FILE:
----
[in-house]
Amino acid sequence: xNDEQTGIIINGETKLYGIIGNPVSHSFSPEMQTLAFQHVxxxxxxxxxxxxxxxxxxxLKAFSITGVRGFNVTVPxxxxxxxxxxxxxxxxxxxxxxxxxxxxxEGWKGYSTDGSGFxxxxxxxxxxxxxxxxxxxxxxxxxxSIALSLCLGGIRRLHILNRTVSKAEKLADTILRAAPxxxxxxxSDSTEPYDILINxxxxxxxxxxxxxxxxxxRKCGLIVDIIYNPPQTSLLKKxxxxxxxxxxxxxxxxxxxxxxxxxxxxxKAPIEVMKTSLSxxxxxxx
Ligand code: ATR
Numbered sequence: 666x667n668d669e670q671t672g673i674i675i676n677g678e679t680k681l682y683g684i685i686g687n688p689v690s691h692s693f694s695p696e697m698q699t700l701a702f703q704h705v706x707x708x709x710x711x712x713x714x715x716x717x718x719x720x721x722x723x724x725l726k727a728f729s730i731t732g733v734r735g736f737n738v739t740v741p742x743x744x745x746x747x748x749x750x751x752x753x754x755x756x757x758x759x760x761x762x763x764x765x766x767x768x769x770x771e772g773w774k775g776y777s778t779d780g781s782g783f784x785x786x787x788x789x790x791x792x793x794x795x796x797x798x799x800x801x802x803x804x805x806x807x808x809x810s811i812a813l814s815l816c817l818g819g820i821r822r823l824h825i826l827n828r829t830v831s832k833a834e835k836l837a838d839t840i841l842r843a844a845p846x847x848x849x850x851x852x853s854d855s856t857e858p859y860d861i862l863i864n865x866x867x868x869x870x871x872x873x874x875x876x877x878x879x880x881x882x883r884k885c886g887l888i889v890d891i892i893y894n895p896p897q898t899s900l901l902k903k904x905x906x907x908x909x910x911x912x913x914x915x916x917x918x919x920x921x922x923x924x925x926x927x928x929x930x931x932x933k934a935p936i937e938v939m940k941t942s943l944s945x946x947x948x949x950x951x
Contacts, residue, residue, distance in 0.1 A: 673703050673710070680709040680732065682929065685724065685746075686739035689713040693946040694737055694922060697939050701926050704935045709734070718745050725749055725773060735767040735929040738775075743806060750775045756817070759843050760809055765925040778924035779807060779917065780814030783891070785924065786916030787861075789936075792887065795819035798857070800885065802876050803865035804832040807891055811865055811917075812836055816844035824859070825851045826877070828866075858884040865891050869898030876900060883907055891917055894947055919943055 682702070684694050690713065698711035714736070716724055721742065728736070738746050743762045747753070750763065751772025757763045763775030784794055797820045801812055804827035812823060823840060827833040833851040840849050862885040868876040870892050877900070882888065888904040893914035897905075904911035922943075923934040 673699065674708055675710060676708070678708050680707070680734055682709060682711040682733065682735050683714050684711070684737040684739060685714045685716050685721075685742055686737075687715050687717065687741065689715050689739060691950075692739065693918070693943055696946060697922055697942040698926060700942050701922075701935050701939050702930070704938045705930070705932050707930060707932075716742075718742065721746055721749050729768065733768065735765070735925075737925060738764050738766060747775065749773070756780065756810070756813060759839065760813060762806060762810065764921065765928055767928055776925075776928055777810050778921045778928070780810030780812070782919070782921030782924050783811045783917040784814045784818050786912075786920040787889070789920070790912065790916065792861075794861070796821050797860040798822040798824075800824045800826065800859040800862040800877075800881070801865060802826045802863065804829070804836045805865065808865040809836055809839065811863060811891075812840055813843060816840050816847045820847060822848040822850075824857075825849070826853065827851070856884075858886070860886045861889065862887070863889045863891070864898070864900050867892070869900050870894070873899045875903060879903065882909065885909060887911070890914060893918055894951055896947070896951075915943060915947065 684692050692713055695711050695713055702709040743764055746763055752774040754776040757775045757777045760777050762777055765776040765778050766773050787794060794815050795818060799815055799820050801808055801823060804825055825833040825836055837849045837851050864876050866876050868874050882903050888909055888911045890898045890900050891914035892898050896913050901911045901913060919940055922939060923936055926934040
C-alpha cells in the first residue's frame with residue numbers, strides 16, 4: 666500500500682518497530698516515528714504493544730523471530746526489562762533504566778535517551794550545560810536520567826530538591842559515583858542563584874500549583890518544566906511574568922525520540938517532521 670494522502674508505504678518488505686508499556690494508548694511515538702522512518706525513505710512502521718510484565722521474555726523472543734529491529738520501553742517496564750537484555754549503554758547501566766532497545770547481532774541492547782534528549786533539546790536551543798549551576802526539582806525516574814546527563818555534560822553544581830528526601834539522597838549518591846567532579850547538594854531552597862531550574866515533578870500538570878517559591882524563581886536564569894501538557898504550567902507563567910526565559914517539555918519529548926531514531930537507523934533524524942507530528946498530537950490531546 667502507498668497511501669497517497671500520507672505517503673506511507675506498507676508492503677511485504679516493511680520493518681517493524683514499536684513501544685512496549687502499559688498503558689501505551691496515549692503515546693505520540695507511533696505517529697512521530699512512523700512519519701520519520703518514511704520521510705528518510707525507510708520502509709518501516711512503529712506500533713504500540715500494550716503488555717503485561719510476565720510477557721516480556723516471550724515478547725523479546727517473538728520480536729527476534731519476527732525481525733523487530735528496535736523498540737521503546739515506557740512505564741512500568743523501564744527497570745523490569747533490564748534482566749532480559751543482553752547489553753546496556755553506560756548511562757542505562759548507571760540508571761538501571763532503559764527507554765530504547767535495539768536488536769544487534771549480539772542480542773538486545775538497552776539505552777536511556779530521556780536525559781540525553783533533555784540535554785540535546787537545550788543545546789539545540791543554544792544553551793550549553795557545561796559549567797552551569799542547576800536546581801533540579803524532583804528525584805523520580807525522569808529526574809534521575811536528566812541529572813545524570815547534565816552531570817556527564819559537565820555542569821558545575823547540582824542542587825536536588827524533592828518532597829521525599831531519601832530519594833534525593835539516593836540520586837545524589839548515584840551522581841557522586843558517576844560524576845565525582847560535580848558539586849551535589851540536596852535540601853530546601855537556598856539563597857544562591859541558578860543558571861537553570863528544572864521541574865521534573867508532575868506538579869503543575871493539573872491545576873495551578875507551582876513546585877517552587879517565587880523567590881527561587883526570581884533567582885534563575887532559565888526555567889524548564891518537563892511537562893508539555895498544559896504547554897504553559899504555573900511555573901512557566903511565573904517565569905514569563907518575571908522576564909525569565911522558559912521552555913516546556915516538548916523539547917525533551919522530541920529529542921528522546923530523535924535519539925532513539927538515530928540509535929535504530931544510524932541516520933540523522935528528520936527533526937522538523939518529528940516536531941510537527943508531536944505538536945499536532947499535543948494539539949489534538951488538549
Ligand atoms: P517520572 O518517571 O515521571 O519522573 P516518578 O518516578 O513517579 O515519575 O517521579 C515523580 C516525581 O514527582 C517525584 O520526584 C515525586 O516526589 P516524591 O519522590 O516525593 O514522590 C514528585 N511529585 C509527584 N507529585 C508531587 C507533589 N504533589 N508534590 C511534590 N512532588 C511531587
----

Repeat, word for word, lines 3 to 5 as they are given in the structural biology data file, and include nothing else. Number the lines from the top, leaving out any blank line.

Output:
Ligand code: ATR
Numbered sequence: 666x667n668d669e670q671t672g673i674i675i676n677g678e679t680k681l682y683g684i685i686g687n688p689v690s691h692s693f694s695p696e697m698q699t700l701a702f703q704h705v706x707x708x709x710x711x712x713x714x715x716x717x718x719x720x721x722x723x724x725l726k727a728f729s730i731t732g733v734r735g736f737n738v739t740v741p742x743x744x745x746x747x748x749x750x751x752x753x754x755x756x757x758x759x760x761x762x763x764x765x766x767x768x769x770x771e772g773w774k775g776y777s778t779d780g781s782g783f784x785x786x787x788x789x790x791x792x793x794x795x796x797x798x799x800x801x802x803x804x805x806x807x808x809x810s811i812a813l814s815l816c817l818g819g820i821r822r823l824h825i826l827n828r829t830v831s832k833a834e835k836l837a838d839t840i841l842r843a844a845p846x847x848x849x850x851x852x853s854d855s856t857e858p859y860d861i862l863i864n865x866x867x868x869x870x871x872x873x874x875x876x877x878x879x880x881x882x883r884k885c886g887l888i889v890d891i892i893y894n895p896p897q898t899s900l901l902k903k904x905x906x907x908x909x910x911x912x913x914x915x916x917x918x919x920x921x922x923x924x925x926x927x928x929x930x931x932x933k934a935p936i937e938v939m940k941t942s943l944s945x946x947x948x949x950x951x
Contacts, residue, residue, distance in 0.1 A: 673703050673710070680709040680732065682929065685724065685746075686739035689713040693946040694737055694922060697939050701926050704935045709734070718745050725749055725773060735767040735929040738775075743806060750775045756817070759843050760809055765925040778924035779807060779917065780814030783891070785924065786916030787861075789936075792887065795819035798857070800885065802876050803865035804832040807891055811865055811917075812836055816844035824859070825851045826877070828866075858884040865891050869898030876900060883907055891917055894947055919943055 682702070684694050690713065698711035714736070716724055721742065728736070738746050743762045747753070750763065751772025757763045763775030784794055797820045801812055804827035812823060823840060827833040833851040840849050862885040868876040870892050877900070882888065888904040893914035897905075904911035922943075923934040 673699065674708055675710060676708070678708050680707070680734055682709060682711040682733065682735050683714050684711070684737040684739060685714045685716050685721075685742055686737075687715050687717065687741065689715050689739060691950075692739065693918070693943055696946060697922055697942040698926060700942050701922075701935050701939050702930070704938045705930070705932050707930060707932075716742075718742065721746055721749050729768065733768065735765070735925075737925060738764050738766060747775065749773070756780065756810070756813060759839065760813060762806060762810065764921065765928055767928055776925075776928055777810050778921045778928070780810030780812070782919070782921030782924050783811045783917040784814045784818050786912075786920040787889070789920070790912065790916065792861075794861070796821050797860040798822040798824075800824045800826065800859040800862040800877075800881070801865060802826045802863065804829070804836045805865065808865040809836055809839065811863060811891075812840055813843060816840050816847045820847060822848040822850075824857075825849070826853065827851070856884075858886070860886045861889065862887070863889045863891070864898070864900050867892070869900050870894070873899045875903060879903065882909065885909060887911070890914060893918055894951055896947070896951075915943060915947065 684692050692713055695711050695713055702709040743764055746763055752774040754776040757775045757777045760777050762777055765776040765778050766773050787794060794815050795818060799815055799820050801808055801823060804825055825833040825836055837849045837851050864876050866876050868874050882903050888909055888911045890898045890900050891914035892898050896913050901911045901913060919940055922939060923936055926934040